# Series gives wrong result

Bug introduced in 10.0 or earlier and persisting through 12.2.

The following code shows that Series gives different results depending on whether one simplifies the expression in the first place. Let's assume all variables real.

f = (4 x^2)/((-a^2 - 4 x^2 + a Sqrt[a^2 + 4 x^2]) (a^2 + 4 x^2 +
a Sqrt[a^2 + 4 x^2]));
Series[Simplify[f], {x, 0, 1}]
(*-(1/a^2)+O[x]^2*)
Series[f, {x, 0, 1}, Assumptions -> a \[Element] Reals]
(*O[x]^2*)

• The command Series[f, {x, 0, 1}, Assumptions -> a \ [Element] Reals] produces -(1/a^2)+O[x]^2. – user64494 Feb 6 '20 at 19:21
• I wouldn't blame Series. Compare f /. x -> 0 and Simplify[f] /. x -> 0. – Michael E2 Feb 6 '20 at 20:18
• OK, maybe you should blame Series: Limit[f, x -> 0] and Limit[Simplify[f], x -> 0] both give -1/a^2. – Michael E2 Feb 6 '20 at 20:27
• @user64494 Not working with my V12 MMA. What version are you using? – xiaohuamao Feb 6 '20 at 20:43
• With version 11, Series[f, {x, 0, 2}] gives (4 x^2)/(a^2 (-a+Sqrt[a^2]) (a+Sqrt[a^2]))+O[x]^3 which is even more questionable: denominator is zero for any a – მამუკა ჯიბლაძე Feb 7 '20 at 10:00

## 2 Answers

There is a simple workaround:

ClearAll[a, x]; f = (4 x^2)/((-a^2 - 4 x^2 +
a Sqrt[a^2 + 4 x^2]) (a^2 + 4 x^2 + a Sqrt[a^2 + 4 x^2]));
Series[f, {x, 0, 1}, Assumptions -> Re[a] > 0]
*-(1/a^2)+O[x]^2 *
Series[f, {x, 0, 1}, Assumptions -> Re[a] < 0]
*-(1/a^2)+O[x]^2 *


The case $$\Re a=0$$ makes a trouble.

• For me (in version 11) Assumptions -> Re[a] != 0 also gives wrong answer – მამუკა ჯიბლაძე Feb 7 '20 at 10:02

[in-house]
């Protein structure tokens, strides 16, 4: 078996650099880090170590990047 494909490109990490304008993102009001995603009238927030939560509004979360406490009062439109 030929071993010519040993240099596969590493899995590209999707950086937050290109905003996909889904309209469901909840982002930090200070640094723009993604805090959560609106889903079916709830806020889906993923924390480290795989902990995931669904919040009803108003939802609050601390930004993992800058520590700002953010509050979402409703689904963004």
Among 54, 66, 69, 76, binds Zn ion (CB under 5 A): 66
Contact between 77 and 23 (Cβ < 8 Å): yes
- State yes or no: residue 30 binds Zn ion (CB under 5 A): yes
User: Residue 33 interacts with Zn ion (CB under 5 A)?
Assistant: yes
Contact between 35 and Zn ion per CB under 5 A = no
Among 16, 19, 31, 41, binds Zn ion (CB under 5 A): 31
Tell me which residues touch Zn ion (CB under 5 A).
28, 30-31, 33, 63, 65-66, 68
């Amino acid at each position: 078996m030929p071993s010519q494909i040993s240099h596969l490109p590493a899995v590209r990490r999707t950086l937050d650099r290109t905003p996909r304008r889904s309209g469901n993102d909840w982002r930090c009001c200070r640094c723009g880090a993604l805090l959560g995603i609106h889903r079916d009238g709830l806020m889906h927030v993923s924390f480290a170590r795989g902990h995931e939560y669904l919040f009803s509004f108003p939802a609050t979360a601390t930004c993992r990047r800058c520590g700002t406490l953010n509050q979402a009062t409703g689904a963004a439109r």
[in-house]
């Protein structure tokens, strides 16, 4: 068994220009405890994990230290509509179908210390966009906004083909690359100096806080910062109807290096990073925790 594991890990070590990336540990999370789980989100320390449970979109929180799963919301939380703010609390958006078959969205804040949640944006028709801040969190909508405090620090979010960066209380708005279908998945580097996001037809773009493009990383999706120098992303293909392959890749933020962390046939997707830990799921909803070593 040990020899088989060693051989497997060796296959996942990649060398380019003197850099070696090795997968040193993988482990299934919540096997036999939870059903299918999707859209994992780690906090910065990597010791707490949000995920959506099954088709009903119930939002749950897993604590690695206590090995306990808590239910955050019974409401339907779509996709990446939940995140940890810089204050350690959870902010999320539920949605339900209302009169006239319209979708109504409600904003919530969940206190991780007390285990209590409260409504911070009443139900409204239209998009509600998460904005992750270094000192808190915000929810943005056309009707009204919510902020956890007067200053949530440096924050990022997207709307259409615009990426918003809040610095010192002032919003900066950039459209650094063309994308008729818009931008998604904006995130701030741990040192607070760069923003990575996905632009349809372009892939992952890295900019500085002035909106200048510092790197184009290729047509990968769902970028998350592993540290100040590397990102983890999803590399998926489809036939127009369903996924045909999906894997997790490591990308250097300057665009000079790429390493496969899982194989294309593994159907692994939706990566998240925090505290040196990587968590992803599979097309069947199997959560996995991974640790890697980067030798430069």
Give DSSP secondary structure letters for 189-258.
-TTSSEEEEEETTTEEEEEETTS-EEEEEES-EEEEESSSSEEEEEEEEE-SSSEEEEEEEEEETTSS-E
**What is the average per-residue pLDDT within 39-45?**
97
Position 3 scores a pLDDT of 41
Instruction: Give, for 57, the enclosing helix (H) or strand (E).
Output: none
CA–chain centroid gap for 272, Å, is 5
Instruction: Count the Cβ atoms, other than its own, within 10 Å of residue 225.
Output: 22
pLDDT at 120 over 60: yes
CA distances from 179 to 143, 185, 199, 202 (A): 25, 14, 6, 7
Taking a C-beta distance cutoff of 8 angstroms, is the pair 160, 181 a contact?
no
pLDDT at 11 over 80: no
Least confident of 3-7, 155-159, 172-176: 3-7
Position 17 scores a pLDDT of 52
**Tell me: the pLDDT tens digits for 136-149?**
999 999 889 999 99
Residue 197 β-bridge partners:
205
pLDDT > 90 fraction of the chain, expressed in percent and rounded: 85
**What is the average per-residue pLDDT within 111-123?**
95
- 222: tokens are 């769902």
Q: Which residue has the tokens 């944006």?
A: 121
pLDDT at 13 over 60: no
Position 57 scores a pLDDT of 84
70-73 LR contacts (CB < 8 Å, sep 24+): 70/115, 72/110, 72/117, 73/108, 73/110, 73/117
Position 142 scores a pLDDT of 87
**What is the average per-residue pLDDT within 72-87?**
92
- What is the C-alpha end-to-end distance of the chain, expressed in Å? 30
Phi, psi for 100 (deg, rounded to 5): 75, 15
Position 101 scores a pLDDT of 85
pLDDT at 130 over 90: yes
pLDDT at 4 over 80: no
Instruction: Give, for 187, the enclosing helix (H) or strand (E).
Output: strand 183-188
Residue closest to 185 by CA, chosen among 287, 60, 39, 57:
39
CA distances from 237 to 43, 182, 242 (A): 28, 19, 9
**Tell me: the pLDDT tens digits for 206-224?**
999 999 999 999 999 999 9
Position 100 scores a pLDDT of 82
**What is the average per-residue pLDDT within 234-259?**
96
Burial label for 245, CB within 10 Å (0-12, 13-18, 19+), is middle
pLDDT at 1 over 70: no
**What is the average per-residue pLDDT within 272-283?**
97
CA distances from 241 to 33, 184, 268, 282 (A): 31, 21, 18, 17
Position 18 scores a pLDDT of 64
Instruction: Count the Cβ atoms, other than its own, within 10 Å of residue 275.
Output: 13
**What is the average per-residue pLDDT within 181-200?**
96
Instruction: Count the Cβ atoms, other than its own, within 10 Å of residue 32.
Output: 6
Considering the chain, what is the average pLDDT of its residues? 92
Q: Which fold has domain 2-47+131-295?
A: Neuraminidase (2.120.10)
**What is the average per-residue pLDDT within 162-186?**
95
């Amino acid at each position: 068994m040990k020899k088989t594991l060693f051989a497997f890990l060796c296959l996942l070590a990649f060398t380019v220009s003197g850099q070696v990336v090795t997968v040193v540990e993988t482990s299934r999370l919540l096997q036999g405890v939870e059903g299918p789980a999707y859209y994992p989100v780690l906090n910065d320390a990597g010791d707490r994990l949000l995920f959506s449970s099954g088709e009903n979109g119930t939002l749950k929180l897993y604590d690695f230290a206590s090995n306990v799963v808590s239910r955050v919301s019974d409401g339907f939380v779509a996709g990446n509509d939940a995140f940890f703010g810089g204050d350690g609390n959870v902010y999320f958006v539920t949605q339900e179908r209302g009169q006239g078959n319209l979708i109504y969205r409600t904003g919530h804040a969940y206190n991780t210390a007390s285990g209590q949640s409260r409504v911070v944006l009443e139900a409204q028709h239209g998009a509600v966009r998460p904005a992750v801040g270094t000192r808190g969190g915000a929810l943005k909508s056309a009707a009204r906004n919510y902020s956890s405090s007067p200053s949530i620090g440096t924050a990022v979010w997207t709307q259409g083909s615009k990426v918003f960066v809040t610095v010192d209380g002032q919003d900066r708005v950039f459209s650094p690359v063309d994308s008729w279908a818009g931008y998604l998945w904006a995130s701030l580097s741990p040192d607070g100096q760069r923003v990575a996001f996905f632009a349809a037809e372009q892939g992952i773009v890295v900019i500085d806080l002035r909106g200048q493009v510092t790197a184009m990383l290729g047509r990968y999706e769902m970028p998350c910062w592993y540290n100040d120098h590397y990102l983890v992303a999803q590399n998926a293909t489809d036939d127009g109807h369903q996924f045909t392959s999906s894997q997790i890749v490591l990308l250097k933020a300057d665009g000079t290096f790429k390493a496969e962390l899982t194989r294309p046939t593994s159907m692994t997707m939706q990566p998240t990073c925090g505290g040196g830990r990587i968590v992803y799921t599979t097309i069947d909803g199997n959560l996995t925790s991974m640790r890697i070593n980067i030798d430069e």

• The same in version 12.0. However, both assumptions Assumptions -> Re[a] > 0 and Assumptions -> Re[a] <0 work separately. – user64494 Feb 7 '20 at 13:09

Simplify the expression You like to evolve into the series first: Then reduce by hand the nominator, denominator. The expression in the first argument of Series is than more simply: Nice equivalent for math thinking is using Wolfram Alpha: So Your question addresses plenty of complexity in Mathematica. Advice is:

Keep in mind Mathematica calculates solutions on an algorithmics process path. It went where You ask it to go. Wolfram Alpha takes over some more intelligence or better experience. Because it shows up plenty of standard solution You might expect to be of importance for You. Use visualizations as often as possible. A general rule and a rule from Wolfram Alpha is asking Mathematica to do the calculation as simple as possible. Think on the domains and deal with them logically. (Example: Neither the Assumption a==0 nor a>0&&a<0 cause other than evaluation warnings and logical confusion. Nor does a!=0 is a better logic.)

The Wolfram Alpha solution and my more specific do not make use of Assumptions.

The most important paradigma for Mathematics is stay lazy is best or even optimum. Always wonder and aks.